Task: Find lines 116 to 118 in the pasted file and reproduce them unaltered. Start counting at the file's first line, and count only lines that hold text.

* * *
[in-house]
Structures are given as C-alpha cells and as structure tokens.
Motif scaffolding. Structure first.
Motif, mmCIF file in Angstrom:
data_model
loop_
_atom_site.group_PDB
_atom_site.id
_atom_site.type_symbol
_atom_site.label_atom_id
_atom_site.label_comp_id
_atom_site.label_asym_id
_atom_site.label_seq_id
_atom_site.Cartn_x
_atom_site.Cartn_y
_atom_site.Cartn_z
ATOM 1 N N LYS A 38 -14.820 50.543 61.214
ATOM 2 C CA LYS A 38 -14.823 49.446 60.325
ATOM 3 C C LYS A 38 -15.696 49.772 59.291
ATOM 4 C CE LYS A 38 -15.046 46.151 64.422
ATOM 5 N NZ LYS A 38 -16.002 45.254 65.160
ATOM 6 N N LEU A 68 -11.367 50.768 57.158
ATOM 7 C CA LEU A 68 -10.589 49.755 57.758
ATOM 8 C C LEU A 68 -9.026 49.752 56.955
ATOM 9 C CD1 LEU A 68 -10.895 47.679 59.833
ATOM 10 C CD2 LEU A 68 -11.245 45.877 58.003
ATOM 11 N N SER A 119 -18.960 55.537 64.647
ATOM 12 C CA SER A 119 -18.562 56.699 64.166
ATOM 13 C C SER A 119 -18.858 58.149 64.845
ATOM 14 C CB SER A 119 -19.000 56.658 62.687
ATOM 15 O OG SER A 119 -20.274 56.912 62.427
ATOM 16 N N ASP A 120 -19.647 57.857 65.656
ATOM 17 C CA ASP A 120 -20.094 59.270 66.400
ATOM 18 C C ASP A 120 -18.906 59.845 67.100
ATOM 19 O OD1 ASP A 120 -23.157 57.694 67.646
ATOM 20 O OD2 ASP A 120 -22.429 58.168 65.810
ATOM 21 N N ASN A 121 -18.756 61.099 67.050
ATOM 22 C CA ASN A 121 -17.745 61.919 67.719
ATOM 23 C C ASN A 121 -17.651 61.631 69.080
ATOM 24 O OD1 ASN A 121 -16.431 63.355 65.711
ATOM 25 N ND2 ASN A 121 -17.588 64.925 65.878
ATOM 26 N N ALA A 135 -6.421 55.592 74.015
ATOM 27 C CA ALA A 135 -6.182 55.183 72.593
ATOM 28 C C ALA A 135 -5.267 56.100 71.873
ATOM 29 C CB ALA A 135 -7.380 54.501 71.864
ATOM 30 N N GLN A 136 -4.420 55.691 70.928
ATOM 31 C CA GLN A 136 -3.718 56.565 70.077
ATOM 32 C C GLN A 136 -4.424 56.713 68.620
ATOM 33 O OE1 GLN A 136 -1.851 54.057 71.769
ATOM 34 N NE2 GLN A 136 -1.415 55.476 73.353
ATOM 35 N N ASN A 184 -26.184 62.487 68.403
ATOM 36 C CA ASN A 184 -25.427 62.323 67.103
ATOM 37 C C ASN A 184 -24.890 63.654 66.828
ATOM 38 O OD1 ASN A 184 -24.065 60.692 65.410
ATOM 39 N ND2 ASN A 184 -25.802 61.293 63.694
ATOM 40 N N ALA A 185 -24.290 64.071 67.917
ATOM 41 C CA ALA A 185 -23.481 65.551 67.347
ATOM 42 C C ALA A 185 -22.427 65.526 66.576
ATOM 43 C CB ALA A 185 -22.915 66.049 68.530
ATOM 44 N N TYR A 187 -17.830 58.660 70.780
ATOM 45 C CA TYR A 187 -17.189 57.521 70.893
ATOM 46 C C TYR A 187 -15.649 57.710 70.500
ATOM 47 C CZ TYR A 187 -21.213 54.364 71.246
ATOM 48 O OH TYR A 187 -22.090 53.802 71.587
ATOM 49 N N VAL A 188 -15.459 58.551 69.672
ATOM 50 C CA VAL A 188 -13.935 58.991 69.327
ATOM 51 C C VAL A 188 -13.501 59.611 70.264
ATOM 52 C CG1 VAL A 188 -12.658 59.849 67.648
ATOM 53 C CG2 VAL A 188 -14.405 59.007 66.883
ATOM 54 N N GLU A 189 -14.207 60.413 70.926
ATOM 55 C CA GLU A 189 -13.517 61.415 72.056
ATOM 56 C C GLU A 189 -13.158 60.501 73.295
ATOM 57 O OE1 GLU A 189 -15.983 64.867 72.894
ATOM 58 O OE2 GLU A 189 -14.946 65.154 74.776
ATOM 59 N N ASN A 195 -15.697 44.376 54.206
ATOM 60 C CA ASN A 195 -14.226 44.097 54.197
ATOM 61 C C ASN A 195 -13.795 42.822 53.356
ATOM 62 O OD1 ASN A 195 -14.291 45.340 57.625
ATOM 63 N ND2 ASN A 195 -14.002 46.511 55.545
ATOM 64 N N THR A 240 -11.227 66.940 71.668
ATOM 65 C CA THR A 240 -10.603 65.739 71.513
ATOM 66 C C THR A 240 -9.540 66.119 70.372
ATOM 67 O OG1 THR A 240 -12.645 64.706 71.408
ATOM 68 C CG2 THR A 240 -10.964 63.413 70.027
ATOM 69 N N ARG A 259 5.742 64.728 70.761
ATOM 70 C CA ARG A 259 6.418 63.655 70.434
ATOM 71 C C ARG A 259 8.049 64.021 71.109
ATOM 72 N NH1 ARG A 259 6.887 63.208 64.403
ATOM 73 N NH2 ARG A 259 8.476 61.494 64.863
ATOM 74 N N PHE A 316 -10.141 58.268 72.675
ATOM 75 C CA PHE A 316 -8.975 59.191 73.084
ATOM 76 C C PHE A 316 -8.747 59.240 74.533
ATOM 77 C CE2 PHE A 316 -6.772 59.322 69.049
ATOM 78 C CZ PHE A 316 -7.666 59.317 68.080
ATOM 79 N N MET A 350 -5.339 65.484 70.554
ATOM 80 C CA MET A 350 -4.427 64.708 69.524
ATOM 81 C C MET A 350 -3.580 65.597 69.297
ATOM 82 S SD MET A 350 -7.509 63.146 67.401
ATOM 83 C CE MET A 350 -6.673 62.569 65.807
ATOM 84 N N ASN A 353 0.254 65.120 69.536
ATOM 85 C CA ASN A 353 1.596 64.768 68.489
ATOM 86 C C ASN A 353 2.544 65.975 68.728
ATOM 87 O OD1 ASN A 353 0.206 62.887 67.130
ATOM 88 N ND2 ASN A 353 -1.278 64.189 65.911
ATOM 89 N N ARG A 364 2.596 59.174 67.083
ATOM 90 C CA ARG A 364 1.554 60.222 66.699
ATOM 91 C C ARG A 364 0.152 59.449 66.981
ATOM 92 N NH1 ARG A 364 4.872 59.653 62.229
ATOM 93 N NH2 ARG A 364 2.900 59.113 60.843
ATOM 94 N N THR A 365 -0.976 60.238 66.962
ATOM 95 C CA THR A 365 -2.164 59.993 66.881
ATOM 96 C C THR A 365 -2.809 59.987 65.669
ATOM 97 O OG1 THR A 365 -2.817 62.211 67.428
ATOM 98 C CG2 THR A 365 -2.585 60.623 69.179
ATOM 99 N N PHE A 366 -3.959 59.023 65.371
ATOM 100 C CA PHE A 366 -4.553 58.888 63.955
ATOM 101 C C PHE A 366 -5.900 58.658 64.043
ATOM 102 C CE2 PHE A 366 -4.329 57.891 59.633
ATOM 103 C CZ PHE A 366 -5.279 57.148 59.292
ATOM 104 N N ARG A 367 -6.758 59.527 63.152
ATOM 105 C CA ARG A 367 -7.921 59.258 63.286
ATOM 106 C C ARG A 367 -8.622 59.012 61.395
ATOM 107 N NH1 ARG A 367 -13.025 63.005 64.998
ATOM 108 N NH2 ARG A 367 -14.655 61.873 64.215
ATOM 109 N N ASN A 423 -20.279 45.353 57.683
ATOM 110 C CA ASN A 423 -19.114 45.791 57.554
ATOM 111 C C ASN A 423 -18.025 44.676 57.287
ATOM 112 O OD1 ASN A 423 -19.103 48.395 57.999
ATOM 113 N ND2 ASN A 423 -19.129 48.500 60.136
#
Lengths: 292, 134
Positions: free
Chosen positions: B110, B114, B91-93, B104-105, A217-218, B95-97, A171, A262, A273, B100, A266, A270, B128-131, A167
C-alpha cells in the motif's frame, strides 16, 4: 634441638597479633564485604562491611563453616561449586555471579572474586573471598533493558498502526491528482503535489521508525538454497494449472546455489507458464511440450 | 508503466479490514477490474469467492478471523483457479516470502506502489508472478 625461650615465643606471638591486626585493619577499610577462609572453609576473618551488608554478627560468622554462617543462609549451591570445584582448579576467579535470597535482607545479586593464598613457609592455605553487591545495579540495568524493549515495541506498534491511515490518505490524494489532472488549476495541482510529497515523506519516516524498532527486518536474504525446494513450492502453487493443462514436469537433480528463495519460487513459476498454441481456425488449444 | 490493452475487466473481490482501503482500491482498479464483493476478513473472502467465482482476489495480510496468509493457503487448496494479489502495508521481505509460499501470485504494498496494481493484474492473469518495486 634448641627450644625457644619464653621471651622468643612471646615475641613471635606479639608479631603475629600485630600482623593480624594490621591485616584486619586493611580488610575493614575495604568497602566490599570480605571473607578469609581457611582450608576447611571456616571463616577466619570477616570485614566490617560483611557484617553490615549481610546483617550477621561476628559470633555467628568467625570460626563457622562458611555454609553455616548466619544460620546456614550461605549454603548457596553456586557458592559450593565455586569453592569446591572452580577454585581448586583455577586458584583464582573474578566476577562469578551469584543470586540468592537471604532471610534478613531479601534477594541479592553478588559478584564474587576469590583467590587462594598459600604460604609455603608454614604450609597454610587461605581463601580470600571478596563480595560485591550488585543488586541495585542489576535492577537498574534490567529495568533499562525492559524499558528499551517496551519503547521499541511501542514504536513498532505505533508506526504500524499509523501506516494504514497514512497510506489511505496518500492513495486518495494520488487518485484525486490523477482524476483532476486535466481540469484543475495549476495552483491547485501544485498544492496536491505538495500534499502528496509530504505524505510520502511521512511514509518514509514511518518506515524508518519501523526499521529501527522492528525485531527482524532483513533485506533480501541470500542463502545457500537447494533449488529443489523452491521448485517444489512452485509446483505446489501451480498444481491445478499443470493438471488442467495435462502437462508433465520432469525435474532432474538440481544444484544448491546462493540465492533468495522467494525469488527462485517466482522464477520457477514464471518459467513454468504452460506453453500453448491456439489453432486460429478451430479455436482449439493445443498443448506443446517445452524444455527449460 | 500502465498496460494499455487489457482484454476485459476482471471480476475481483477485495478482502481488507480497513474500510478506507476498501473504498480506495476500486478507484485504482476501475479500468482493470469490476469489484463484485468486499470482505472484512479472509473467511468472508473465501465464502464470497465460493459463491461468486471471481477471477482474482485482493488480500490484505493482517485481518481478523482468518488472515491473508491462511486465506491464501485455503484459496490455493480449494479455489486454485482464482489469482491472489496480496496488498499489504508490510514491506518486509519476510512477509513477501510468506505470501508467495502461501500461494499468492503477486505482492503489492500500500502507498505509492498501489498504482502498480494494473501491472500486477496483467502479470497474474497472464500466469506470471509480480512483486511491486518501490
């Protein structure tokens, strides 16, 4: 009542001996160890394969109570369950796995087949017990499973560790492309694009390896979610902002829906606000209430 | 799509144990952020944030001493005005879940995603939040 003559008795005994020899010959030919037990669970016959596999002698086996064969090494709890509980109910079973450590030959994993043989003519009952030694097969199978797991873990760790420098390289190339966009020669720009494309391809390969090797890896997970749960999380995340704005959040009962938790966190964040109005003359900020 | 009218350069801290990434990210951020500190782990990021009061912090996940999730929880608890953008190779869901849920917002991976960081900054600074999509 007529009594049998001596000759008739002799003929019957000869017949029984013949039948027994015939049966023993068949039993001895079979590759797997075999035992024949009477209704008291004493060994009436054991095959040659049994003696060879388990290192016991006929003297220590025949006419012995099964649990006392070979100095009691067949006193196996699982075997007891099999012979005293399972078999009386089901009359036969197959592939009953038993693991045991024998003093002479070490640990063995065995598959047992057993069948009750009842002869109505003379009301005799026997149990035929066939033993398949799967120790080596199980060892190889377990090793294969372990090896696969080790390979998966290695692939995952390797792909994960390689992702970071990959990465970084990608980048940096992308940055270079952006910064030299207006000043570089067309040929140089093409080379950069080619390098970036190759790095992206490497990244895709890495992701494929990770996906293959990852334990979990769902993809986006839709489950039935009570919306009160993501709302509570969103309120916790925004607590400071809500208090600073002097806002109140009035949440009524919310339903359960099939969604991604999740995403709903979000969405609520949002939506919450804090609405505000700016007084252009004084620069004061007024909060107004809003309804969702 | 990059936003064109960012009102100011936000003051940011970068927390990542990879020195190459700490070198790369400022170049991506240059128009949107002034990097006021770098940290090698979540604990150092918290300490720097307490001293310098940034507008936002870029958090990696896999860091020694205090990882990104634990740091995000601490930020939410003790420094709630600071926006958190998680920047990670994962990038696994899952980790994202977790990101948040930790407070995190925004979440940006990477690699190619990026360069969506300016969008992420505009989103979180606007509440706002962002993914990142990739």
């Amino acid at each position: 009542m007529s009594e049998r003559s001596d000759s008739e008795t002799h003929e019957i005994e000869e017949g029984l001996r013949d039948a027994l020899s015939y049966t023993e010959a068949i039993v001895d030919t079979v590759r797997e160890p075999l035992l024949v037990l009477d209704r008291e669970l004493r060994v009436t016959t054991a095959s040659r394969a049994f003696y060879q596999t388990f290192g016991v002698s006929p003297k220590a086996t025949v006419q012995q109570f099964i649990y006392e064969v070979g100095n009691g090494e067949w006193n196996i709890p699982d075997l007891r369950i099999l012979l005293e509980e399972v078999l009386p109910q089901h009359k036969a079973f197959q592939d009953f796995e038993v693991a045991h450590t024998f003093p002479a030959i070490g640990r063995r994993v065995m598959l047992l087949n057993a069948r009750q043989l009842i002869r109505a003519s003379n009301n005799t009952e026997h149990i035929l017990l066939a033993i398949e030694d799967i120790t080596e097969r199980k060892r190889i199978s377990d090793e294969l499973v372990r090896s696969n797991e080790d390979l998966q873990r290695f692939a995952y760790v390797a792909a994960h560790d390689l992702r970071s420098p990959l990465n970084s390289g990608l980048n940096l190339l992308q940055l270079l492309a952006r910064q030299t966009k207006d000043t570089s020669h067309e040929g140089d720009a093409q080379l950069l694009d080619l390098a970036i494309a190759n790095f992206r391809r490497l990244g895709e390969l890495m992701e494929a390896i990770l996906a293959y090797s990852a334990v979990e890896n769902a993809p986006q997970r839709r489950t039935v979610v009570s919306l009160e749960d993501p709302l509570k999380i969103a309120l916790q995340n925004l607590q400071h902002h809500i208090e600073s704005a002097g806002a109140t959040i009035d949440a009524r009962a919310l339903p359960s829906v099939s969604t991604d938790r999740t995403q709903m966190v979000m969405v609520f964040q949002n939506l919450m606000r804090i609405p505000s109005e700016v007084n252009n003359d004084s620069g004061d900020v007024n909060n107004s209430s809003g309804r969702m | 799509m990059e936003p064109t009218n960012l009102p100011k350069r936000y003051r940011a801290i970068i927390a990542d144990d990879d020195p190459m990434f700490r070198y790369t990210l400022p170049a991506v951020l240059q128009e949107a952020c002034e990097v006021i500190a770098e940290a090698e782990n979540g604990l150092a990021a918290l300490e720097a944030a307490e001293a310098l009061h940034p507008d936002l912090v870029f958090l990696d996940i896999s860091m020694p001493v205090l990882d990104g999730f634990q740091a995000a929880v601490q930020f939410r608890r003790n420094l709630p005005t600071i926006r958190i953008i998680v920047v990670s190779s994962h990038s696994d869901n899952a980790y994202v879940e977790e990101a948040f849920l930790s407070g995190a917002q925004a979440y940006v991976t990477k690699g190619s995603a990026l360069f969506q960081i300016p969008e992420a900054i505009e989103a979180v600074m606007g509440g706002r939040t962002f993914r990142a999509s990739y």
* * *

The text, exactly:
ATOM 100 C CA PHE A 366 -4.553 58.888 63.955
ATOM 101 C C PHE A 366 -5.900 58.658 64.043
ATOM 102 C CE2 PHE A 366 -4.329 57.891 59.633